I started my Masters in food at NYU in late 2015 to make my life easier. With a background in digital media production, I wanted an expertise in something more than speaking to people. I love that food studies is an amazingly expansive field still figuring out where it's heading. What an amazing opportunity to contribute to something that matters worldwide!
But UGH! The more I learn the more conflicted I become. This field is so much broader than I originally anticipated and this further fuels my lack of focus. I often feel like I'm slopping through mud, picking up more and more every time I move with my legs get heavier and heavier. How in the world can we make this sense of a system that is so expansive, yet so broken and think we will fix this massive problem in a reasonable amount of time to see the results?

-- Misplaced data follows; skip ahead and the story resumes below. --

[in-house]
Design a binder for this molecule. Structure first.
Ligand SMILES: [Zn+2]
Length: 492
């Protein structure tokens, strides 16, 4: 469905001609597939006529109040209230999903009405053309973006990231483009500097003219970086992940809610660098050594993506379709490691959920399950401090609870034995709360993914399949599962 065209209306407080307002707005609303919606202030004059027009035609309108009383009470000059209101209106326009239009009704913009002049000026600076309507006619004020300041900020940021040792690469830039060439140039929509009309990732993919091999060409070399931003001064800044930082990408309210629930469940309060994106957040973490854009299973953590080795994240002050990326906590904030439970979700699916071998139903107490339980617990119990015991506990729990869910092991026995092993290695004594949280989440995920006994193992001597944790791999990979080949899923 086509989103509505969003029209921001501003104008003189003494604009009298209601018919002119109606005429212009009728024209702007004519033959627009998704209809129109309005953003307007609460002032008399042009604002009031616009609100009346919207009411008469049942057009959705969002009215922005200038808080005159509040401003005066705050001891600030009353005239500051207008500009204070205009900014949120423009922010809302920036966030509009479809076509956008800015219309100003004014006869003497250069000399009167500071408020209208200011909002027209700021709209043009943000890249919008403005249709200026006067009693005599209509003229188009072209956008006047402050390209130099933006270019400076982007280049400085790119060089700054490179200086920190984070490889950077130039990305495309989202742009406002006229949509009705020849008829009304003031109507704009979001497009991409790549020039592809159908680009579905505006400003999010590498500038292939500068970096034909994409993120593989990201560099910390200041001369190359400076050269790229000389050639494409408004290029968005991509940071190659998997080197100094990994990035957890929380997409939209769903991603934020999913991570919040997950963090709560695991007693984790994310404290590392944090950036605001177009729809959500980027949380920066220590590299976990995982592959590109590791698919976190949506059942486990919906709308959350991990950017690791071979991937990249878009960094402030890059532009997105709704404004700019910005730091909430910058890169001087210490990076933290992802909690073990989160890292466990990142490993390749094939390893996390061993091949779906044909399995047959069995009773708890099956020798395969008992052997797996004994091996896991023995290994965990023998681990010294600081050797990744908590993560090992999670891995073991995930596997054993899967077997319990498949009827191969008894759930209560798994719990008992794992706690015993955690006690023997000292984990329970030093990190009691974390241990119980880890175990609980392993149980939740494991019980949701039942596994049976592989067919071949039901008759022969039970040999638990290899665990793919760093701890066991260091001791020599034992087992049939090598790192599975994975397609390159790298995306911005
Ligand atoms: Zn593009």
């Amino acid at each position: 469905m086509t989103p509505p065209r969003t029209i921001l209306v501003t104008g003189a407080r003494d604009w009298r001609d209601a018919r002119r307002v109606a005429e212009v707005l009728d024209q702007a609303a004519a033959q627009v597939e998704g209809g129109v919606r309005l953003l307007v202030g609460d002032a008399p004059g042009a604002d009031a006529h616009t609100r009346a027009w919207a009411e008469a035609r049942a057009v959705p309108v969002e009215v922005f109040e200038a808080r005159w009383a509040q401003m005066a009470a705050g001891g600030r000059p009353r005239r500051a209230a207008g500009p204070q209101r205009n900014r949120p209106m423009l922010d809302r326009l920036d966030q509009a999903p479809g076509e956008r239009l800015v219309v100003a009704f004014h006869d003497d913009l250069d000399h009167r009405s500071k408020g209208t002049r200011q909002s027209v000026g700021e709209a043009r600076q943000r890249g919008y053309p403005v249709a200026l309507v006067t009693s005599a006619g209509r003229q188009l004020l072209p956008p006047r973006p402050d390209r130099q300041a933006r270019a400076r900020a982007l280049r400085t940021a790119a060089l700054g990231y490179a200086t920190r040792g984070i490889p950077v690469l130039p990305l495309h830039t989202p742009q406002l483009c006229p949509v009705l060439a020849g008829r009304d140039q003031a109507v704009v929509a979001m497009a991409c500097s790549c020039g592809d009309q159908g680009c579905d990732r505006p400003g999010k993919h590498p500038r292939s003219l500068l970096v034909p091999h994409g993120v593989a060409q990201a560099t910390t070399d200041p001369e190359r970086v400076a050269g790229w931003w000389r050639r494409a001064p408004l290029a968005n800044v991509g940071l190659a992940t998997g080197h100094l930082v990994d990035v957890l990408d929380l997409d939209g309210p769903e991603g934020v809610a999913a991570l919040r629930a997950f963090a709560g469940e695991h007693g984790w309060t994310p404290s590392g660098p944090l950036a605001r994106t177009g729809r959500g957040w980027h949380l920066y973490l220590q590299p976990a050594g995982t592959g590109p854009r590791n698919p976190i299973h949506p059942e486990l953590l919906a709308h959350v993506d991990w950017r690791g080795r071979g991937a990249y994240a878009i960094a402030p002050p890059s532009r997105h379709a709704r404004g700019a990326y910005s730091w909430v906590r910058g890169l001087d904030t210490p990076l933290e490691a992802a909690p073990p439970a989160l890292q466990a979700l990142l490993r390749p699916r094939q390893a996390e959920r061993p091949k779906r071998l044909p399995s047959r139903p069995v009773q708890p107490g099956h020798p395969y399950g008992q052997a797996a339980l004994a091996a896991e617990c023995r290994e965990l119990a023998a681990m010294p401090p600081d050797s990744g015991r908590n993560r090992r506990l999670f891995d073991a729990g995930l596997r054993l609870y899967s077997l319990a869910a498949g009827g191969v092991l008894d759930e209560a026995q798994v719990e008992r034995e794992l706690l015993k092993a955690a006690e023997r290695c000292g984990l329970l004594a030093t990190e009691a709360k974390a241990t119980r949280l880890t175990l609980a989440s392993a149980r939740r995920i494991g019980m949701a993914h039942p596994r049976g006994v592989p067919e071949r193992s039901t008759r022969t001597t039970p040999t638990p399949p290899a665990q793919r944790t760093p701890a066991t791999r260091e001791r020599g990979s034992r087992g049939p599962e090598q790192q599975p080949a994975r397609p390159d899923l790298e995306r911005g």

Right now, I'm training for two half marathons (yes, I've accepted I jumped on the crazy train- it happened a long time ago). On my training runs, I feel my brain unleash as thoughts come and go. In these moments, I have one mission: run x amount of miles for the day. And little by little, I get strong enough to run more. This is the game we have to play with the food system.
If we want to make meaningful change, we have to play the long game- in this case probably the multiple century game. We won't fix it all at once, but we may start chipping away at the problem little by little. These small interventions can be the baby steps that will lead to running the ultimate marathon for a flawless food system. But we have to seek the patience and do manageable tasks right now.
The best part? Everything is connected. If we have one successful run in eradicating obesity, we will also put a dent in improving food access to low income areas. Same goes for improving our soil, feeding our furry friends their heritage food, and promising clean water for all.
I may get discouraged, but I'm an eternal optimist. Looking to the sun is far more fun. So let's find the patience to embrace making small changes because little by little we can change the world.